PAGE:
The Dartmouth at Dartmouth College in Hanover, N.H. is finishing up its three-part series on sexual assault with a report on how fraternities at the school are working to combat the prevalence of sexual assault on the campus.
The article notes that the council that governs the College’s fraternities and sororities has established a system that penalizes and educates members who are found guilty of sexual assault by the Committee on Standards, the College’s internal judiciary body. The council also offers sexual assault awareness training to groups, but officials tell the Dartmouth that few have used that service.
Several fraternity members quoted in the article express concern that the Greek system is being unfairly targeted in the fight against sexual assault. And while they’re given this space to cry foul, the article lacks significant insight from individuals who are critical of the Greek community. The Greek system is clearly working to combat sexual assault — and should be applauded for that — but surely there are students at Dartmouth who feel the Greeks aren’t doing enough or individuals who would disagree with the fraternity members’ assertion that they are being wrongly singled out.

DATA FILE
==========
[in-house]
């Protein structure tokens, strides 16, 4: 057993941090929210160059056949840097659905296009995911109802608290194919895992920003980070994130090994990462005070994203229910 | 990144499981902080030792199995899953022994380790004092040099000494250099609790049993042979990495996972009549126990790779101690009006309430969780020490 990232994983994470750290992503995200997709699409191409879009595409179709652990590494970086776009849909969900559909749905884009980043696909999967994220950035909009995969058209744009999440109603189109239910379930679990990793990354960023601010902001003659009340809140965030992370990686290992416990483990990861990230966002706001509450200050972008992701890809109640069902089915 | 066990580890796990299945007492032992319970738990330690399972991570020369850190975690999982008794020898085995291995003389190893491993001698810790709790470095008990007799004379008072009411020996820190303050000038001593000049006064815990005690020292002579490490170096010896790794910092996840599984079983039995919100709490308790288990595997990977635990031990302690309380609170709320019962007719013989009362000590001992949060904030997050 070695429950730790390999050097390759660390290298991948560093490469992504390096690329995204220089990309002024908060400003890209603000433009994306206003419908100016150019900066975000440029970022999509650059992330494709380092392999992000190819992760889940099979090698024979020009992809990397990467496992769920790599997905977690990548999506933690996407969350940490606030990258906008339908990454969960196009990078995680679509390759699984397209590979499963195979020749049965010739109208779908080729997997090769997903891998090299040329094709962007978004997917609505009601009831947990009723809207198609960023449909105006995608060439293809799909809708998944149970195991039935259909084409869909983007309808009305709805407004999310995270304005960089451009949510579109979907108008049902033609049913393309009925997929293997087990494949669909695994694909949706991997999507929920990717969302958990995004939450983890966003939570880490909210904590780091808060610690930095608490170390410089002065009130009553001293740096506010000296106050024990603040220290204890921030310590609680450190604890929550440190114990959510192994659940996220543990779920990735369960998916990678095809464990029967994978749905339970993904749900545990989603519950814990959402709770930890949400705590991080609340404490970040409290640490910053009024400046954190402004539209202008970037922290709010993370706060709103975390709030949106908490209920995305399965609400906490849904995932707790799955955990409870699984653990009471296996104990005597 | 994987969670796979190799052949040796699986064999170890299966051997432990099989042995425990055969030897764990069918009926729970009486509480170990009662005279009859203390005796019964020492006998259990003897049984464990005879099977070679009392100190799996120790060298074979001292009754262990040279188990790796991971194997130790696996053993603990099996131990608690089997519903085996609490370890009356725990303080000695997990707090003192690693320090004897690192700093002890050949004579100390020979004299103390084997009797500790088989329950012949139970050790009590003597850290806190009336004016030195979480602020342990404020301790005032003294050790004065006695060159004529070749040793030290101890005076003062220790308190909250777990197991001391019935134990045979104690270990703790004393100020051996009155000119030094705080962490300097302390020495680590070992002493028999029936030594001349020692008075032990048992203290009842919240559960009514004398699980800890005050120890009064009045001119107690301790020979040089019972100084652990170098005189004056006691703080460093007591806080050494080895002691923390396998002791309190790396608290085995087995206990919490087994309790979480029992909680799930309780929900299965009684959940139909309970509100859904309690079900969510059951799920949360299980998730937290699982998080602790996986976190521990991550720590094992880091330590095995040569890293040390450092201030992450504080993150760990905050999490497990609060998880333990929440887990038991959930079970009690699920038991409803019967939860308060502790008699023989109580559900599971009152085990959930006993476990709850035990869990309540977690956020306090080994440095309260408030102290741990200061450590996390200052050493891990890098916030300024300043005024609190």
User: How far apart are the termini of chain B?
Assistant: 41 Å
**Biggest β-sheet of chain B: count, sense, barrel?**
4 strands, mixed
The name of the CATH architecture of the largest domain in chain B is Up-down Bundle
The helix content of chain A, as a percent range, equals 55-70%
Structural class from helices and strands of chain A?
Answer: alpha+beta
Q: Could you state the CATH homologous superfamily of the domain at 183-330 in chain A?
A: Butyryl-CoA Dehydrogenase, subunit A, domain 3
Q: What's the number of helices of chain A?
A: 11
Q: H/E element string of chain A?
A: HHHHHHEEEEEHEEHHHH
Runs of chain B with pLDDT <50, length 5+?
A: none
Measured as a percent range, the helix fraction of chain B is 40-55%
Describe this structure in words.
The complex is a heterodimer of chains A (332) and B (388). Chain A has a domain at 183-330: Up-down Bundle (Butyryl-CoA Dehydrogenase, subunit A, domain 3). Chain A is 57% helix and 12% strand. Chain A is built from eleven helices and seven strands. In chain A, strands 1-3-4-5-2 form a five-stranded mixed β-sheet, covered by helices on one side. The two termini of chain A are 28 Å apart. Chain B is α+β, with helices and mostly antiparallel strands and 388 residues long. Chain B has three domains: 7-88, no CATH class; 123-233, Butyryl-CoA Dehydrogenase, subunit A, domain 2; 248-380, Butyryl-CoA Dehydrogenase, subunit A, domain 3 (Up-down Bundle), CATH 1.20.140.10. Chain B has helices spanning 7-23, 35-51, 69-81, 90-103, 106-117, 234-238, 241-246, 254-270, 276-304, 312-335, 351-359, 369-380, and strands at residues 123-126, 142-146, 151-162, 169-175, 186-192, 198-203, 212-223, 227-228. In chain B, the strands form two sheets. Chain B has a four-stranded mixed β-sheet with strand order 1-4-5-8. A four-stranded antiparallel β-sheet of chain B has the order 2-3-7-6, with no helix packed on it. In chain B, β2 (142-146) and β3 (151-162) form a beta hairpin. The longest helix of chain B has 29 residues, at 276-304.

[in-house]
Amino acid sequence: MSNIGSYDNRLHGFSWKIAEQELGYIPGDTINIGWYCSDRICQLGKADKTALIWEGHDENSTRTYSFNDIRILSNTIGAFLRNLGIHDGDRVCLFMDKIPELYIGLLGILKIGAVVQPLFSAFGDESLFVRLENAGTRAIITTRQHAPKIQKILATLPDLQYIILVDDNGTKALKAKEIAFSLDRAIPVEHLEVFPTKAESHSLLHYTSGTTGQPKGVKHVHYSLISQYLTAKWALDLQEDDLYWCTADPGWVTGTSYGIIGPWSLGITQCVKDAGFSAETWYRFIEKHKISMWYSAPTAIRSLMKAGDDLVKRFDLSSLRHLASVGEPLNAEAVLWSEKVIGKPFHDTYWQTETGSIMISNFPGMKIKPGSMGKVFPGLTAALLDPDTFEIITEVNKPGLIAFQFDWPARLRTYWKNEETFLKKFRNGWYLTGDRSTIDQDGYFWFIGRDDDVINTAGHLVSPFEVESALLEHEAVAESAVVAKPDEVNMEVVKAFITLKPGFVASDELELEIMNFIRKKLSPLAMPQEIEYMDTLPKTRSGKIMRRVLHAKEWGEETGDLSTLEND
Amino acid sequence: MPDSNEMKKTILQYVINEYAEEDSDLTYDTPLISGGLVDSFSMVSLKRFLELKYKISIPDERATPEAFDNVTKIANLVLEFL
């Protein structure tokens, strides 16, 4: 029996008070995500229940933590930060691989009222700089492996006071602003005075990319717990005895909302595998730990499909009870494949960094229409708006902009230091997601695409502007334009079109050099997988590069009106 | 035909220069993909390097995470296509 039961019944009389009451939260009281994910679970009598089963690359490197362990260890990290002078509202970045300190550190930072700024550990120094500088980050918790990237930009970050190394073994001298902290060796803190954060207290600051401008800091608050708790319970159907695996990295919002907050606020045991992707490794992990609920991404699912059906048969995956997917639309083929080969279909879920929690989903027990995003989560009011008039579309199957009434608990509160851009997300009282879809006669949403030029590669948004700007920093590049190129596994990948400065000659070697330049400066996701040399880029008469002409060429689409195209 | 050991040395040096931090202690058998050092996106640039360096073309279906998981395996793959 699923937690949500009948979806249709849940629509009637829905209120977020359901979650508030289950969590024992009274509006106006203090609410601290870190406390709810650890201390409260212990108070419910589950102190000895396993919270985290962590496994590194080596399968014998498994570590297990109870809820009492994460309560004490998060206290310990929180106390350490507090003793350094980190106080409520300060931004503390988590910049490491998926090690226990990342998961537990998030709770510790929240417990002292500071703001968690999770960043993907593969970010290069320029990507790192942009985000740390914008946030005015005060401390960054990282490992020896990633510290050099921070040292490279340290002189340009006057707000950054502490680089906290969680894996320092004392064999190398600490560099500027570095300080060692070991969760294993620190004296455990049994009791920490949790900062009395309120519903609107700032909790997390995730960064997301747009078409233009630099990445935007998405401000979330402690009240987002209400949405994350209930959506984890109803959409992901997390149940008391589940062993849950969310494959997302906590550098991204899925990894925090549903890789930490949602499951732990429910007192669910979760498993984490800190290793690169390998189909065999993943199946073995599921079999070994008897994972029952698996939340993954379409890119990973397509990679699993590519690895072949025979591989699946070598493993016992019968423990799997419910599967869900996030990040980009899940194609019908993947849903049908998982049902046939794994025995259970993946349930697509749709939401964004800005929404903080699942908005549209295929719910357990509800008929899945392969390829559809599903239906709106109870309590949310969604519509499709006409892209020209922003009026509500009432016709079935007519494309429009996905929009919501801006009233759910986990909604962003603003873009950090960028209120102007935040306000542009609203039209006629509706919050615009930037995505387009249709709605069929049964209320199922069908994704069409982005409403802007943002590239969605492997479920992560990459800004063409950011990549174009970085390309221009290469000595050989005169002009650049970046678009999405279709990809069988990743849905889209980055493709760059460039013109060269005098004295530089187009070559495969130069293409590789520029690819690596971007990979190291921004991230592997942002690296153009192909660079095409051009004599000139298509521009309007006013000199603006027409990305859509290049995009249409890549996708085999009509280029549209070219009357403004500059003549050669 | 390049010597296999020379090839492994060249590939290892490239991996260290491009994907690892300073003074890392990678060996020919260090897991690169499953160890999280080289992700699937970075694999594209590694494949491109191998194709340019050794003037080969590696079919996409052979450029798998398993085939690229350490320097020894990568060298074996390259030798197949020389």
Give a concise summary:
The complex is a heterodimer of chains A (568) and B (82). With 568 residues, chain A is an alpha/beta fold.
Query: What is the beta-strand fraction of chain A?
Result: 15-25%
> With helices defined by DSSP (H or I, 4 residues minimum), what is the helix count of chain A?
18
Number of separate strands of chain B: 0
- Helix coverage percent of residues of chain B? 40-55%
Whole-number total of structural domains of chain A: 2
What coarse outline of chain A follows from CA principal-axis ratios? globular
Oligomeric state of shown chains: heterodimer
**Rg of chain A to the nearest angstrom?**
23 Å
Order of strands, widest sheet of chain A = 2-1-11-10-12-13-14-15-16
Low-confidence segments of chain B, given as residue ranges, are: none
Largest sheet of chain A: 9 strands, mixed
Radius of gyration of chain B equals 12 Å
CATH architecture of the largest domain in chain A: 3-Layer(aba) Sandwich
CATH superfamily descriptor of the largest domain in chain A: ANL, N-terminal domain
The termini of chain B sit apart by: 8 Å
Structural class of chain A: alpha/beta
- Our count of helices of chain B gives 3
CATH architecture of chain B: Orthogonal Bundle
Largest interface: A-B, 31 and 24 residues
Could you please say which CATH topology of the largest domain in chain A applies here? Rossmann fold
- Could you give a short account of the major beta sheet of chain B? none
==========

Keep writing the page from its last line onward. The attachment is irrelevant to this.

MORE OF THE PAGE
The article does a great job in highlighting the Greek community’s educational initiatives and preventative measures, but it lacks almost any criticism of the Greek community for what is likely a somewhat significant problem among its chapters.
Clery Act statistics from 2011 show that 12 forcible sexual assaults were reported on Dartmouth’s campus and three in noncampus areas, which often includes fraternities, sororities and Co-ops.